Women who are single are marked with an X on Chalk Sunday

Tuesday before Lent

In the past, Ireland's first Sunday in Lent was referred to as Chalk Sunday.

Fiona Byrne, history curator at the Ulster Folk Museum, said that the practice dates back to the early 1900s.

On the backs of single women's coats and dresses as they walked to and from Mass, young boys would draw Xs. They might have touched them or dusted them with chalk, or both.

It implied that you were unable to tie the knot and was actually somewhat cruel.

Who would want their single status to be publicized?

Shrove Tuesday
A traditional pancake toss was held in February 1941 to commemorate Shrove Tuesday.

Lent is an ancient English word that means "lengthen.". Spring, when the days start to get longer, is when Lent is observed. Christians can recall Jesus' desert fasting through this. It is a time of sacrifice and a test of self-control.

The ancient Irish custom of Chalk Sunday coincides with the celebration of Shrove Tuesday, also known as Pancake Tuesday, the final day before Lent began. On Shrove Tuesday, people celebrated and got married in anticipation of the six-week period of penitence, fasting, and self-denial.

For the duration of Lent, strict Catholics in Ireland abstained from eating meat, eggs, dairy products, alcohol, and even having sex. It was not a time for music and celebration. For the six weeks of Lent, it was customary to store musical instruments.

According to Ms. Byrne, Shrove Tuesday was traditionally the last day to get married before Lent. Prior to Shrove Tuesday, there would have been a significant rush for priests. ".

Single people were viewed as having disregarded their social obligation to marry and were considered to be of lower social standing.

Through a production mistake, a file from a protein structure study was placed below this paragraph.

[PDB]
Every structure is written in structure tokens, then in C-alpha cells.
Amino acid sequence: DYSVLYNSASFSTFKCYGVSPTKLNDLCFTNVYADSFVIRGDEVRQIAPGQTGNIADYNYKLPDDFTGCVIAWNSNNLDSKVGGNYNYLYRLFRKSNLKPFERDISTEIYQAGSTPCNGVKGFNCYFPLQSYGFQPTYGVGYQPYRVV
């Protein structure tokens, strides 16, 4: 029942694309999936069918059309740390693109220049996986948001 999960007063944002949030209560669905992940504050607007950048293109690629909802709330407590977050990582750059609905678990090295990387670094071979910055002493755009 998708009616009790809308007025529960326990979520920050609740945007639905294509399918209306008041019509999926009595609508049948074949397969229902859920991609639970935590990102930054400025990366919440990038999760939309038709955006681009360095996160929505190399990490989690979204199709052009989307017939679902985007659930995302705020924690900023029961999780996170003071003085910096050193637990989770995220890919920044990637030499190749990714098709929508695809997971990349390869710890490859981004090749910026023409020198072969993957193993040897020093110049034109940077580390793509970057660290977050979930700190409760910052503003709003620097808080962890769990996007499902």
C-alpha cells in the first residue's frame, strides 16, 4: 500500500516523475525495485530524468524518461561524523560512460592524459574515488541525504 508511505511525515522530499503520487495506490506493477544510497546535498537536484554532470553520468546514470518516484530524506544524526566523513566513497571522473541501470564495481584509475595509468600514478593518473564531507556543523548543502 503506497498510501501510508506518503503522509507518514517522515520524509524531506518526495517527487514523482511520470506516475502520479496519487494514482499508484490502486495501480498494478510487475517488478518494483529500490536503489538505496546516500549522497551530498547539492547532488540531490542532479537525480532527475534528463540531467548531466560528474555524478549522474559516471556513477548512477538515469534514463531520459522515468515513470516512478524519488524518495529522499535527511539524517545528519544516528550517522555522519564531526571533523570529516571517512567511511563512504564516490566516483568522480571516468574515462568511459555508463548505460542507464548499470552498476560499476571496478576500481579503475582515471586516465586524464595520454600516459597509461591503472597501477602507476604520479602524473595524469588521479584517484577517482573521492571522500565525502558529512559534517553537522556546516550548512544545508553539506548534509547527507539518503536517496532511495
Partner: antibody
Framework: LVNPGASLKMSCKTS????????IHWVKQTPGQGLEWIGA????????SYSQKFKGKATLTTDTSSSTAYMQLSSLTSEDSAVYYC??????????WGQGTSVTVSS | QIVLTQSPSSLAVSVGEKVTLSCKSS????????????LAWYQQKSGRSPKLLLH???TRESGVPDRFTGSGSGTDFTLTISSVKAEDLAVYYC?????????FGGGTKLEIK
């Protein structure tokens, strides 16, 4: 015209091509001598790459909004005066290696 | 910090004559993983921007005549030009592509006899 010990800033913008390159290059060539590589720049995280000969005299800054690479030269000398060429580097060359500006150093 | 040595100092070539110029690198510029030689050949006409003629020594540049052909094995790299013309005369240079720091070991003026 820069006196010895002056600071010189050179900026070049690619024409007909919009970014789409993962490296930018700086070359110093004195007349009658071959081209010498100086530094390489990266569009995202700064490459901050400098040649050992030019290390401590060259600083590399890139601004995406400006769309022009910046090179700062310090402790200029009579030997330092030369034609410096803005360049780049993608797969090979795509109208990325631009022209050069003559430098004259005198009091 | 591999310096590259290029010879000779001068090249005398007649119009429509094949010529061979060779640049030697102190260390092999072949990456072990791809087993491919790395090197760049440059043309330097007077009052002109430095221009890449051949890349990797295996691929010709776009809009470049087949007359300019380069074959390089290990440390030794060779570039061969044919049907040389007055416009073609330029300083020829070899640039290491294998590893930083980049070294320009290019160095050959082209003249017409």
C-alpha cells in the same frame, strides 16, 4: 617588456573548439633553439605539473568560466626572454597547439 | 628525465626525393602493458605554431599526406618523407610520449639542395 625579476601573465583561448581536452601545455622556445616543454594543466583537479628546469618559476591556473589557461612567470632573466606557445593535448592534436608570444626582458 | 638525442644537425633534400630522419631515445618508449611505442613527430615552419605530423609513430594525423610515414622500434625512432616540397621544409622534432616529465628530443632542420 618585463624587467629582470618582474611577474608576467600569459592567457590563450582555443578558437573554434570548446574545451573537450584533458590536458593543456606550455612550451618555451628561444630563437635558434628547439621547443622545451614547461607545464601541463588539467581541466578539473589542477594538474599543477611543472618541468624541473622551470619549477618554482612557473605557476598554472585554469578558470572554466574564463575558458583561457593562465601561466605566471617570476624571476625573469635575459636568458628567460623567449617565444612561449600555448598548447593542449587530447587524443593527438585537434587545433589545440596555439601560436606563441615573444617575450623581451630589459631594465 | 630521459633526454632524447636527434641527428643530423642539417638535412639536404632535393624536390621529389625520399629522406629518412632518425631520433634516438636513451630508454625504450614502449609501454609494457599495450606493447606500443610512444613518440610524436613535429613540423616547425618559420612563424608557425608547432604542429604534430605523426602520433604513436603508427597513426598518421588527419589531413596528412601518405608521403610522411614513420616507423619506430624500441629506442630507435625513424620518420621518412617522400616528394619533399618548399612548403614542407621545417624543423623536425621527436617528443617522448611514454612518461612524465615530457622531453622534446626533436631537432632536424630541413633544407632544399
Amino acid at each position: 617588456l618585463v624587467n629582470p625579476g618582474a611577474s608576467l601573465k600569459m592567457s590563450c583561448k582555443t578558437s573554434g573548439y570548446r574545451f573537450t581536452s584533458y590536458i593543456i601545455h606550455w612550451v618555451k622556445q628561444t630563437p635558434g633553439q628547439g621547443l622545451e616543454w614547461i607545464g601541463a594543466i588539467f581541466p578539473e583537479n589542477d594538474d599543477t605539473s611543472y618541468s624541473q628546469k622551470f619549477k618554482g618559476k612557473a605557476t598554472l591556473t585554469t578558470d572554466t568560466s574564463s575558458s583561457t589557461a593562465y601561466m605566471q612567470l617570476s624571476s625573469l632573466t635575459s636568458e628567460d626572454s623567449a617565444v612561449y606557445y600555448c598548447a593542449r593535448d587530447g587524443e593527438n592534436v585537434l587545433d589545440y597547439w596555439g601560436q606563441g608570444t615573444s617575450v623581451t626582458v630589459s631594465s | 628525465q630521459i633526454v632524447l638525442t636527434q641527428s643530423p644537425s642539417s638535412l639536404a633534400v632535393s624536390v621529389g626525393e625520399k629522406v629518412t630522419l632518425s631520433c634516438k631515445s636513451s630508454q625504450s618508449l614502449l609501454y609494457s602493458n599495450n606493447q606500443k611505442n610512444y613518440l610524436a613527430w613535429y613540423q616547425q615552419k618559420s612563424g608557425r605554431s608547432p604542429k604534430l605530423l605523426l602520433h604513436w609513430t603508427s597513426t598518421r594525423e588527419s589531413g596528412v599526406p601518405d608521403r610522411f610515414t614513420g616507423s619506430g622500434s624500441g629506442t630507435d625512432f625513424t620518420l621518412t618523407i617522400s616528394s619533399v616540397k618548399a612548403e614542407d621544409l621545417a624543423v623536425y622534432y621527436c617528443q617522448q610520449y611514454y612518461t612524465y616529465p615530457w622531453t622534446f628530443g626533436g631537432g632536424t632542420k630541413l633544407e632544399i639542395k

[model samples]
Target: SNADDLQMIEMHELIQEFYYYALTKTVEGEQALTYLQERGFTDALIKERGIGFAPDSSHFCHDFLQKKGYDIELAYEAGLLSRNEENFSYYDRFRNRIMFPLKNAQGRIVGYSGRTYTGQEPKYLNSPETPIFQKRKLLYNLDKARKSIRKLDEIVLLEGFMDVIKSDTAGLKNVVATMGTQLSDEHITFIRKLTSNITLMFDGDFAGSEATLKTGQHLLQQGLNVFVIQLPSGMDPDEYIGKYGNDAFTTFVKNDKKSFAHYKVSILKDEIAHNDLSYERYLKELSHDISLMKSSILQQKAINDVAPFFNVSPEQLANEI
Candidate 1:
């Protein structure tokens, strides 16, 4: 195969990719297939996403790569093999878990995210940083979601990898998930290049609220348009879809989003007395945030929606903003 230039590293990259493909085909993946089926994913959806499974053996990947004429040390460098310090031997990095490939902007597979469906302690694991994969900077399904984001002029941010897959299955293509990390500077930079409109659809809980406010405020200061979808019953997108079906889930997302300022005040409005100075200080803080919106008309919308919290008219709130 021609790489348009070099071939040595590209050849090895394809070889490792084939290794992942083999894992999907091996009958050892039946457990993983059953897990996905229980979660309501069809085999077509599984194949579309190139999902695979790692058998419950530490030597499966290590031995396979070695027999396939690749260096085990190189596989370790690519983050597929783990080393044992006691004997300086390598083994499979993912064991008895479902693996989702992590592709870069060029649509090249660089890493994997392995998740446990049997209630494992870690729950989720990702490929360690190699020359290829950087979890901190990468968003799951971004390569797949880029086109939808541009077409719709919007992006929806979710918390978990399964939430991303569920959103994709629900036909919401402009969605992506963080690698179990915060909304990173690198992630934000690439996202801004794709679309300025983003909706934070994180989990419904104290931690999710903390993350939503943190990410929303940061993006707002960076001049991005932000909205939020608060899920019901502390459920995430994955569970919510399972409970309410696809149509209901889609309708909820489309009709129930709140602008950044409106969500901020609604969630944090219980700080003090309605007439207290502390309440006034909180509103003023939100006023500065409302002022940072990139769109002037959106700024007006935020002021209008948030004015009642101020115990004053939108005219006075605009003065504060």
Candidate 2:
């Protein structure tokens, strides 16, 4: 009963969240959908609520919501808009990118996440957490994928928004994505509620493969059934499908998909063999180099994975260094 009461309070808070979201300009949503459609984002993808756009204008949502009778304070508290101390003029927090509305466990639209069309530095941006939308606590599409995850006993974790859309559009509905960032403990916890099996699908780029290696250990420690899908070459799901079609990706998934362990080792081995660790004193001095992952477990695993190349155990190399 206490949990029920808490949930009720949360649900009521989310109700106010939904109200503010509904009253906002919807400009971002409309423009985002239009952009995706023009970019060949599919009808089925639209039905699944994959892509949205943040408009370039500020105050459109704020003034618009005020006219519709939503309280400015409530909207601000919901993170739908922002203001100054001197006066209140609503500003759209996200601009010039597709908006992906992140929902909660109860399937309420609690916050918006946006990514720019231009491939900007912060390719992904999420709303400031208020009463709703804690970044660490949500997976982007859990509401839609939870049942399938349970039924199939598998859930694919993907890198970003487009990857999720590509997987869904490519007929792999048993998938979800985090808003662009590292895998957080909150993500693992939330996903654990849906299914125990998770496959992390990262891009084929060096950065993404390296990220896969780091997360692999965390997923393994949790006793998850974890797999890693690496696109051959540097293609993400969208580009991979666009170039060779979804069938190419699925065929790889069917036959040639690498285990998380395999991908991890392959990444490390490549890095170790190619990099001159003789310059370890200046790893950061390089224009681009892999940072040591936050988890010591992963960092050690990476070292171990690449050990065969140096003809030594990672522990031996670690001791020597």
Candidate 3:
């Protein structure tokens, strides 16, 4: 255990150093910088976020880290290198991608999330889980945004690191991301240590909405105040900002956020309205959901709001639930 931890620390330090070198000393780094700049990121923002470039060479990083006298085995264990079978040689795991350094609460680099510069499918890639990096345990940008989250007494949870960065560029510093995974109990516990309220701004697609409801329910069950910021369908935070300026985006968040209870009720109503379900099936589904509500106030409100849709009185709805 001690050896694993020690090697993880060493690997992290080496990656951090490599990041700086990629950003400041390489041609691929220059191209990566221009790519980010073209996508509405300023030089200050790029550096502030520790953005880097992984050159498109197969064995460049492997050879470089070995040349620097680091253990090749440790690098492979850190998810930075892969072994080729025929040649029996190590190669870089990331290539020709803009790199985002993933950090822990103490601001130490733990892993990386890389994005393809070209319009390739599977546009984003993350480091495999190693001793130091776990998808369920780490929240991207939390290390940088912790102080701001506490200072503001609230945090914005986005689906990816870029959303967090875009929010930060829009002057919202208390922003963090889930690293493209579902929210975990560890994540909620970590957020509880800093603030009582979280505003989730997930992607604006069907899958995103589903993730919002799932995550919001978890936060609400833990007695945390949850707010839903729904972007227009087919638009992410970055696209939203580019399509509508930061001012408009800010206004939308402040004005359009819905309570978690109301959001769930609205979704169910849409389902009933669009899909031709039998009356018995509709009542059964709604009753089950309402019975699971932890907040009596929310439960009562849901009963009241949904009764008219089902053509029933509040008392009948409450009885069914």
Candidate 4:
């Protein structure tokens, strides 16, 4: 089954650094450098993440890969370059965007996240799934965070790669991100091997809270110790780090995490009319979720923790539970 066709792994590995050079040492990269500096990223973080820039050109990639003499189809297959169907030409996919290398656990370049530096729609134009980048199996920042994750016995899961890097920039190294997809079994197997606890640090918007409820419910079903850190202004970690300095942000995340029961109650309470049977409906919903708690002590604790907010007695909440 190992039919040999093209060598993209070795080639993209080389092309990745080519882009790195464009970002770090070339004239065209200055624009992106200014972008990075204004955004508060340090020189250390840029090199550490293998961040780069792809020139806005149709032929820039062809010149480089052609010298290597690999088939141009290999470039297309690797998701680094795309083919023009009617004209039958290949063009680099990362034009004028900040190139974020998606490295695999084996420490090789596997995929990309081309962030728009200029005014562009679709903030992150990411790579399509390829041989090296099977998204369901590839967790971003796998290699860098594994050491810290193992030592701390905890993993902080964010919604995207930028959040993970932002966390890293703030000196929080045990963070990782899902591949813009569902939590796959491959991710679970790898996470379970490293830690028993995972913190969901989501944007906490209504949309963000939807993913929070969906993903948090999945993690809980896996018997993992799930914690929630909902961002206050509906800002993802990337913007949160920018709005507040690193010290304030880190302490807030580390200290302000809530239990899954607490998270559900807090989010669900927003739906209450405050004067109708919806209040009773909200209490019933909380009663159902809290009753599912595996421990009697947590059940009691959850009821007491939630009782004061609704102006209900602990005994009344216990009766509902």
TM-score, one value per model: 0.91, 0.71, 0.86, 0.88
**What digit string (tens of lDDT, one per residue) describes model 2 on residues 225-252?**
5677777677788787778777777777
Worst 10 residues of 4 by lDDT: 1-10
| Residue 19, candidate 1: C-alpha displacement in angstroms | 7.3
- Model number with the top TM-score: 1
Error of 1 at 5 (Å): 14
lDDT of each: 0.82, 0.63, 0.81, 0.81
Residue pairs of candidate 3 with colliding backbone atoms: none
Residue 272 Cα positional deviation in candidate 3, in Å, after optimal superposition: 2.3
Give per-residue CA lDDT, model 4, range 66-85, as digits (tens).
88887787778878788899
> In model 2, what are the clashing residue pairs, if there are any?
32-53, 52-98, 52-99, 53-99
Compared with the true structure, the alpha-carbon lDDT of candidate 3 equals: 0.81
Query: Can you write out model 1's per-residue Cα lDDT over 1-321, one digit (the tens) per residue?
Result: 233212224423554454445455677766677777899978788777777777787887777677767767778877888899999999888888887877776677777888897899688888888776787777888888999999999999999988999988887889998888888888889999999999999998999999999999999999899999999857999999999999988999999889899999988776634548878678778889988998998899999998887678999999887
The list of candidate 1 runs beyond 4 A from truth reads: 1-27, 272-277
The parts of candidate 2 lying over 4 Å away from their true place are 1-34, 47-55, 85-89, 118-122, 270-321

Chalk Sunday consequently put the single in the spotlight.

The role of women back then, according to Ms. Byrne, was to get married, have kids, and maintain a home.

Women accomplished so much more than that, but some women may not have found success in marriage. "Spinster" is a detestable term. ".

In Ulster, the custom of Chalk Sunday was not well-liked. In the early 20th century, she claimed, it was more prevalent in the south-western region of Ireland.

There might have also been catcalls and general public jeering.

In the Republic of Ireland, particularly in Cork and Kerry, Shrove Tuesday was known as Skellig Night.

As dusk fell, raucous mobs poured onto the streets of towns, mocking the singles and yelling at them to "go to the Skelligs.".

Ash Wednesday would arrive later in County Kerry because it is believed that the Skellig islands still follow the old calendar, giving those who are single enough time to travel there and get married before Lent starts.

The homes of the single people were occasionally called by masked individuals who tried to drag them onto the streets.

Since the Irish word "pus" means "scowl," the day was also known as "Pus Sunday" because those who were single were said to wear a scowl to show their displeasure at being alone.

Salt Monday came the day after Chalk Sunday.

According to Ms. Byrne, "Salt Monday" was a day when girls who failed to find a husband were "preserved" until the end of Lent by having salt thrown at them.

"It implied that they would be kept still until they were 'ripe. But unlike getting an X on your back as you were returning from Mass, this was a little lighter-hearted. ".

She noted that Salt Monday targeted women.

It provides a clue about women's fertile cycles. As there is no clock on men, there was no need to preserve them. " .

She claimed that when viewed with a modern perspective, it appears "mean."

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